Sarcasm occurs in everyday life in many conversations. For someone who does not understand sarcasm, it can be a form of bullying and a student may end up getting into trouble or placing themselves in a dangerous situation. Imagine misunderstanding a statement and interpreting a comment word-for-word. For example, if it was raining outside and a friend said, “Wow, it’s a beautiful day.” You may think that your friend perceives a rainy day as beautiful. When considering sarcastic remarks there are three key areas to think about: facial expressions, tone of voice, and context. If a person is being sarcastic, we can look to their facial expressions to decode a look of disgust or irritation. Next, we can consider tone of voice which may include pitch differences (e.g., nasal quality), elongated sound differences (e.g., “Thank you,” becomes “Thaaaank you”), or exciting words with flat affect (e.g., “WOW!” becomes “wow.”). Lastly, we must consider context, does the remark contradict the conversation or mean the opposite of what is going on. For example, if it is raining outside, does it make sense to describe it as “beautiful?”
During this topic, students will work on identifying/understanding situations where sarcasm, deceit, and bullying takes place. This topic is suggested to be targeted for three weeks. Below, you will find is a suggested sequence to follow.
Introduction to Sarcasm: students watch a video describing what sarcasm is. Two types of sarcasm are presented, funny sarcasm (irony) and mean sarcasm. Video also explains how to identify mean sarcasm as in teasing, and examples of teasing. After watching the video, the clinician and students will have a discussion. Ask students, “Why is teasing wrong?”, “Have you ever experienced teasing?”, “How did you feel?”, “What did you do?”
Discuss with students that when dealing with teasing, it is best to ignore it. It is important to be able to identify teasing when it happens and we have found it is best to act like the teasing does not bother you. If teasing continues, it is important to speak with a trusted adult at school and at home. Additionally, students will be visually bombarded with facial expressions that depict sarcasm. It is important we are able to read other’s faces in order to understand when someone is being sarcastic.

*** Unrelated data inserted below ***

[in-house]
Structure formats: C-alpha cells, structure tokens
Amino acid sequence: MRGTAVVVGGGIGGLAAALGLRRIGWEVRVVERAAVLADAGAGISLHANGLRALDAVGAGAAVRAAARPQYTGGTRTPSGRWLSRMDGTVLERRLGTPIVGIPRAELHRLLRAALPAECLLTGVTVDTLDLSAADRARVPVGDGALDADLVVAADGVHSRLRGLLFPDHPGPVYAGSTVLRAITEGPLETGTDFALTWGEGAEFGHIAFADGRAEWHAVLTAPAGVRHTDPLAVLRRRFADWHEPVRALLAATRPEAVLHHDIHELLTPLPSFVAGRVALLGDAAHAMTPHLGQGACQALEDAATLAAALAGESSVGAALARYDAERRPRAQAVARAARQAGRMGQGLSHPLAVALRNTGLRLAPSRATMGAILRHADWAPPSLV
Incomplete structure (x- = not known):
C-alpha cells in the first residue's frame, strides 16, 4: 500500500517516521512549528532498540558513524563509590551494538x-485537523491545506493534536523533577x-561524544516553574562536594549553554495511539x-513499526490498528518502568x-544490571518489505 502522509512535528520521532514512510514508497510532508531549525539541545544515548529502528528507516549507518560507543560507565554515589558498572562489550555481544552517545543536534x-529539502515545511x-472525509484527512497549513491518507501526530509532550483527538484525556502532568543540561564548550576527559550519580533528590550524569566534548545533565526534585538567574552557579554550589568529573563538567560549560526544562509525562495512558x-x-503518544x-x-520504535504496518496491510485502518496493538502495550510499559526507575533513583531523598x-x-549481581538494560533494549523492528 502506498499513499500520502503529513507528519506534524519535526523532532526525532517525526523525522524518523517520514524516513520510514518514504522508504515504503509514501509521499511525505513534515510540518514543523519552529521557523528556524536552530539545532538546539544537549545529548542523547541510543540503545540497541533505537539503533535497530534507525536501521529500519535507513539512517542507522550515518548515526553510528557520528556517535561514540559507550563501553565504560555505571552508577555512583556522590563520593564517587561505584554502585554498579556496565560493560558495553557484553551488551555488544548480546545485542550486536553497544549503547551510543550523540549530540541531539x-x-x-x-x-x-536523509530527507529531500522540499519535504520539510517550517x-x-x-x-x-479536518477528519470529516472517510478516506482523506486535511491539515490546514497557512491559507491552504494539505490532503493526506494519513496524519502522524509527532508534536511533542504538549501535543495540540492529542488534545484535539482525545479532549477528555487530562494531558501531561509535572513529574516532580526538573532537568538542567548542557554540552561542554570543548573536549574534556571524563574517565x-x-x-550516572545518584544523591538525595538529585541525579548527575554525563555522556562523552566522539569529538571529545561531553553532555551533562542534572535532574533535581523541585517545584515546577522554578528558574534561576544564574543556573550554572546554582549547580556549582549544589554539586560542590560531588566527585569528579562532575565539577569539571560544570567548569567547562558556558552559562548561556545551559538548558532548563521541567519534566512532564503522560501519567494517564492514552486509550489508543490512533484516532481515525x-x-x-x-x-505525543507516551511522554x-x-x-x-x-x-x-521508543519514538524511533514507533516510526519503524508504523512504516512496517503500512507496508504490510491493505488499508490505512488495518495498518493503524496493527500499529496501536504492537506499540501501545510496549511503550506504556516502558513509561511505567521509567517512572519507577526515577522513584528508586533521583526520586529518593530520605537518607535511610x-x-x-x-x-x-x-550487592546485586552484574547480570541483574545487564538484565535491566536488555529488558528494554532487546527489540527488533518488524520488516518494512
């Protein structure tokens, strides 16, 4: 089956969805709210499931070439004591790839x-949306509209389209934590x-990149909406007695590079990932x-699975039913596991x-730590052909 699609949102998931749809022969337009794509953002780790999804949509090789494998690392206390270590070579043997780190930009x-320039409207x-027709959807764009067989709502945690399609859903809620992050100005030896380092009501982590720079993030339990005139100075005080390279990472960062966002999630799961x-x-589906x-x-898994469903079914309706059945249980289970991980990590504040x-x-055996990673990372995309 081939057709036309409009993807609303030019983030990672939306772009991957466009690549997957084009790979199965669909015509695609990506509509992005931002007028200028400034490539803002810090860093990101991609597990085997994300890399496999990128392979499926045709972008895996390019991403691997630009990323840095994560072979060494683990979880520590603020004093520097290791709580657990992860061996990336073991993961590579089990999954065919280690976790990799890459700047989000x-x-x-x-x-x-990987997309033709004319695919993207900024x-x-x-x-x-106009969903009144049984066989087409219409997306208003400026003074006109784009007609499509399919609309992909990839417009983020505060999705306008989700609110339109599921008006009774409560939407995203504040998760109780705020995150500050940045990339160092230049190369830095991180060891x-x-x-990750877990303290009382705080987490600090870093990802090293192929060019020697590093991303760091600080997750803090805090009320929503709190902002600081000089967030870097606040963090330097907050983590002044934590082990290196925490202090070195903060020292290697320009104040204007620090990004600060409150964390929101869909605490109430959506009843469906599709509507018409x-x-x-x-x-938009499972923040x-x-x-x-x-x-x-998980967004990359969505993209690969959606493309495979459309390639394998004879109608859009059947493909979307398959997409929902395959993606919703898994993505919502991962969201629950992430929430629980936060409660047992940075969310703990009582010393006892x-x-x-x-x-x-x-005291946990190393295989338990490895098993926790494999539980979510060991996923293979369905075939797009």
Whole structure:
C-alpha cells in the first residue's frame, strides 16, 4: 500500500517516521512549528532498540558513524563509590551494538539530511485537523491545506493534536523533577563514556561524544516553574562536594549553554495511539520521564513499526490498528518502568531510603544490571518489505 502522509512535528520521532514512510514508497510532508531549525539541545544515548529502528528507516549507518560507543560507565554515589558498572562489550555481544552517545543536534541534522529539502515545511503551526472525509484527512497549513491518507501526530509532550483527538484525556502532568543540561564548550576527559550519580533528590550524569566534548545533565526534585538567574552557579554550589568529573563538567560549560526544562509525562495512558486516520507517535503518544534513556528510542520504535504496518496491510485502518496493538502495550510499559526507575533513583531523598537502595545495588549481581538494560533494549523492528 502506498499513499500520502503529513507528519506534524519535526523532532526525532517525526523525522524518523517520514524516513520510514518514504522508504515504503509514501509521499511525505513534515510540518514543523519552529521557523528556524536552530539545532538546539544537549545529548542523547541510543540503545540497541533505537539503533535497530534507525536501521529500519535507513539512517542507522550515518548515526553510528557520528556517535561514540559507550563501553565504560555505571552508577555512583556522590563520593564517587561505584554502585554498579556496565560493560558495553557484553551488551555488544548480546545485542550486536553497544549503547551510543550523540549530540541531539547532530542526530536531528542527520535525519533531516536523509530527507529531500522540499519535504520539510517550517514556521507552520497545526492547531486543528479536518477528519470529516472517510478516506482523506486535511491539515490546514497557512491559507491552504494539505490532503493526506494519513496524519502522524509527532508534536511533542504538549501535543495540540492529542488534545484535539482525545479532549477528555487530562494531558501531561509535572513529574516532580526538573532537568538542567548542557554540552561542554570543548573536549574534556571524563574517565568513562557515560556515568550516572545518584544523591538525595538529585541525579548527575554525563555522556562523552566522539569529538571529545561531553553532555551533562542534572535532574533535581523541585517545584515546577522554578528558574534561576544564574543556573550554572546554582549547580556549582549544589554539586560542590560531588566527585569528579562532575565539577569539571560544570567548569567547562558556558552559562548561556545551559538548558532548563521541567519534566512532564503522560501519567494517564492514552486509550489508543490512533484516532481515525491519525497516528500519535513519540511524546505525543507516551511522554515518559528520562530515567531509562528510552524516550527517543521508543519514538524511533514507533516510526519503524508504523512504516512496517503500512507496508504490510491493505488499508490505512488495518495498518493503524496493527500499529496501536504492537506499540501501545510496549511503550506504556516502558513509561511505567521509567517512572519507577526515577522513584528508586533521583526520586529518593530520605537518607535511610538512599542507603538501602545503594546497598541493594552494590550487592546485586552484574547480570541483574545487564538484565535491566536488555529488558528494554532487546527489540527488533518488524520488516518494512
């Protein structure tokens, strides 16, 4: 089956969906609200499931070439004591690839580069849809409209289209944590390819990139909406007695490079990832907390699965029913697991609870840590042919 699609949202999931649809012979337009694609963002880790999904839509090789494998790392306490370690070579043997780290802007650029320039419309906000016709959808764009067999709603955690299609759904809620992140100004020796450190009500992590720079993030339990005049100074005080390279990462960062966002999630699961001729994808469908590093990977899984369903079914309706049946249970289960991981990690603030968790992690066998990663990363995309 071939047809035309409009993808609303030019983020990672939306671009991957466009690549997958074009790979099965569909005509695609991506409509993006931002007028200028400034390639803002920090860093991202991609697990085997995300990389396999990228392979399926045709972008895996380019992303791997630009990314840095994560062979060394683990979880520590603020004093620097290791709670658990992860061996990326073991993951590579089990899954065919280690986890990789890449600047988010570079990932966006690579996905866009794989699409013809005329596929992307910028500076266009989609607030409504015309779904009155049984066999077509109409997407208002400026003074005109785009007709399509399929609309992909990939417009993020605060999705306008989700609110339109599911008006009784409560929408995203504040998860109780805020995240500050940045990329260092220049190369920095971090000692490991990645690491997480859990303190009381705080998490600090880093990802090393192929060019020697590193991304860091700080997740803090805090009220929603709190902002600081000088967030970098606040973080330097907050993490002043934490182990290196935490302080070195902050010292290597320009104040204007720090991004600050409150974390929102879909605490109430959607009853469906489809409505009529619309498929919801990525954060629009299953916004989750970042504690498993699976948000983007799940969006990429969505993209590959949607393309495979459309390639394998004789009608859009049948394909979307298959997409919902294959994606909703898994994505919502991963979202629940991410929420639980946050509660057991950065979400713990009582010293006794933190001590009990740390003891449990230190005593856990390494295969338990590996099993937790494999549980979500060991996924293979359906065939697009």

Students and clinician will next view a peer-mentored video titled, “Mr. Hall”. After viewing this video, the clinician and student engage in discussion with questions. Questions may include, “What went right? What went wrong? What could have been done instead? Let’s role play this scenario correctly.”
Now it is time to practice facial expressions. Using a camera, smartphone, and/or mirror, have students practice how they would react to someone who is sarcastic to them. If someone is sarcastic, sometimes they may be trying to show humor or they may be trying to be mean. Practice faces that show you are not bothered. Laugh it off or appear unfazed by the comments made. Take selfies with the student and show how you would react to sarcasm.
Students and clinician view a practice video titled, “Birthday Cake.” After viewing this practice video, the clinician and student will engage in discussion with questions. First, we focus on the interpretation of sarcasm. Next, we focus on how to respond to sarcasm. Questions may include, “Why do you think Alex told Jenna to call her teacher by her first name? Was that the right thing to do? If Jenna knew her friend was being sarcastic, what could she have said? In the video – what went right? What went wrong? What could have been done instead? Let’s role play this scenario correctly.” Note: It can be very helpful to video tape students when role playing and then have students watch and rate themselves. (Remember to obtain written parental consent before incorporating photos/videos).